Review Summary: I love Cowboy Troy but this is awful.
I enjoyed listening to Cowboy Troy's innovative and creative, fun country-rap albums Loco Motive
and Black in the Saddle
, which show off Troy's great talent for rapping and songwriting. He's got the talent and flow as a rapper, but as this 2010 compilation EP shows, it took him a while to hit his stride as an artist. Before You Knew My Name
consists of five early demo tracks from before Cowboy Troy made an impact by fusing country with rap. Here, he's making straight up hip-hop music. This is problematic for a couple of reasons. One is that the beats on this EP suck. They're not good hip-hop beats. The first three tracks are variants on the same beat. The last two have a little more variety in production style, but the whole EP suffers from very cheap production values. Especially when the poor recording quality gives off the impression that Cowboy Troy is an unenergetic rapper, which is far from the case if you've heard his later albums.
Whatever strengths his lyrical skills and flows demonstrated on this EP might be, the bad recording and beats that don't flow with the raps don't demonstrate his skills very well. It's hard to tell if this is the fault of the recording being bad, or if Cowboy Troy was still developing his skills when recording these early tracks (recorded sometime after 1999, when he started rapping, and before his 2005 debut album) or if it's just that he works better riffing off a live band, like on his country albums.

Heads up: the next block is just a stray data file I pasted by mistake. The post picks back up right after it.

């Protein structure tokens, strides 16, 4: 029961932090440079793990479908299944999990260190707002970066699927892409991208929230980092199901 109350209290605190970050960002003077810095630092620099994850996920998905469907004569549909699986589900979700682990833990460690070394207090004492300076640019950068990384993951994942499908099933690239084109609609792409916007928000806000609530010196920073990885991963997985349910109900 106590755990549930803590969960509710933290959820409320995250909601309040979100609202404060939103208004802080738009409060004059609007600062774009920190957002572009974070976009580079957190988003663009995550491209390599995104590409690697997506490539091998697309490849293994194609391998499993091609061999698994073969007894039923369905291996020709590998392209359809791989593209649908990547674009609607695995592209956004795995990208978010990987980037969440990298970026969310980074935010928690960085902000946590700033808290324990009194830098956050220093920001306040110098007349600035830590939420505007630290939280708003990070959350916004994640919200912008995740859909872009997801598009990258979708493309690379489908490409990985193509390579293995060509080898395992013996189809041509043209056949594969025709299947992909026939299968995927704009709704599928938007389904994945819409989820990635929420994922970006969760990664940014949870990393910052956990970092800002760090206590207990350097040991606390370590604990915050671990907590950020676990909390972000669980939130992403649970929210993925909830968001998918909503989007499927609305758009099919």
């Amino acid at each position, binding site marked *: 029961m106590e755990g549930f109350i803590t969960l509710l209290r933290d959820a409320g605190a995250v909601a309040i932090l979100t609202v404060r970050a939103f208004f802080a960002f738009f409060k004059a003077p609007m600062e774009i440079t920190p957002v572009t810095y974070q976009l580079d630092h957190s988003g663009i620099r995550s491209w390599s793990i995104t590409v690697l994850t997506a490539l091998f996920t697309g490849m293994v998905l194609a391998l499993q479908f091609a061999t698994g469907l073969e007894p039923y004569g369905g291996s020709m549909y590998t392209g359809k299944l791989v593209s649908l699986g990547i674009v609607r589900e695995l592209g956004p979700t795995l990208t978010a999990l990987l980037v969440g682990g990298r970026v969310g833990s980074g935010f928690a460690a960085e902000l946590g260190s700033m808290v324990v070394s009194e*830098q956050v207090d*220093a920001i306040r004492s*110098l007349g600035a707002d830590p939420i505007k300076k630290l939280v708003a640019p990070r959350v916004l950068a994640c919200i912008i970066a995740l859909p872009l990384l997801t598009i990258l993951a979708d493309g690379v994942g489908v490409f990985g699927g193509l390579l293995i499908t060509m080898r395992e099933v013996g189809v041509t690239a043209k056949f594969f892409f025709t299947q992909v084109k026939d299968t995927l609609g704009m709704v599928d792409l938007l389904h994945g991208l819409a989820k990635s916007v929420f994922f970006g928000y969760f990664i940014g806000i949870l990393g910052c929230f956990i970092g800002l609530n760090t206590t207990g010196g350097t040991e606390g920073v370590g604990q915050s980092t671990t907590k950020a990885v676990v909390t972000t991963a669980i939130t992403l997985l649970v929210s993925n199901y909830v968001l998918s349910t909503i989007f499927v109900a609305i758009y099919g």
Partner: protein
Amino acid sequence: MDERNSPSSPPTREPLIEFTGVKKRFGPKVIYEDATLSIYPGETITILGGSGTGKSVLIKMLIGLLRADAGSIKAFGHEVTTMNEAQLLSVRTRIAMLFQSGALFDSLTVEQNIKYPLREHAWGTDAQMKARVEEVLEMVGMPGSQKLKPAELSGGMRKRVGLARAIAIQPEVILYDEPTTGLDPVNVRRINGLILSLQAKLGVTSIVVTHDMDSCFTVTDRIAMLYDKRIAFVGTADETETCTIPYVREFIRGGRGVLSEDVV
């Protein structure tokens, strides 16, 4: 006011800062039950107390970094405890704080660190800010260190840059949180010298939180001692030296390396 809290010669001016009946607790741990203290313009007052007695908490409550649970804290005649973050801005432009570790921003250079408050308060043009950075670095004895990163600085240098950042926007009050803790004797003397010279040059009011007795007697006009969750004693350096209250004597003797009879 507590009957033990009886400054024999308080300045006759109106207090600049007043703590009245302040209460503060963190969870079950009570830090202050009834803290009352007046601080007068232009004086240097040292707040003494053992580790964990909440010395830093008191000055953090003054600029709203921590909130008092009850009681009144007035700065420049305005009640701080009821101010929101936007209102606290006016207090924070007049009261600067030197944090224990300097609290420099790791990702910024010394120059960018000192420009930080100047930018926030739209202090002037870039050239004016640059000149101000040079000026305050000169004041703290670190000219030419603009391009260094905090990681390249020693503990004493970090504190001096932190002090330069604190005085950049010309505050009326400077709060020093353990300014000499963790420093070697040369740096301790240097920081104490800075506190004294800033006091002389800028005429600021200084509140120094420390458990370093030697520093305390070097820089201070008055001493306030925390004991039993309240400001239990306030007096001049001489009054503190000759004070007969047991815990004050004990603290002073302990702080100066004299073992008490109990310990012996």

One thing's for certain, it's that aside from the aesthetic value that live country and rock instrumentation provided on his later recordings, the music helped the songs by allowing you to overlook some of the cornier lyrics in Cowboy Troy's saddlebag of raps. Don't get me wrong, Troy is a great rapper and has some impressive rhymes on his later efforts, but occasionally some rhymes were corny, but were easier to overlook with a rip-snorting country sound. Here, the hip-hop sound of these tracks is very primitive, so it doesn't do as good a job of hiding corny lines, like when Troy says that he likes Mexican food, which makes him a Texican...which is a lame line.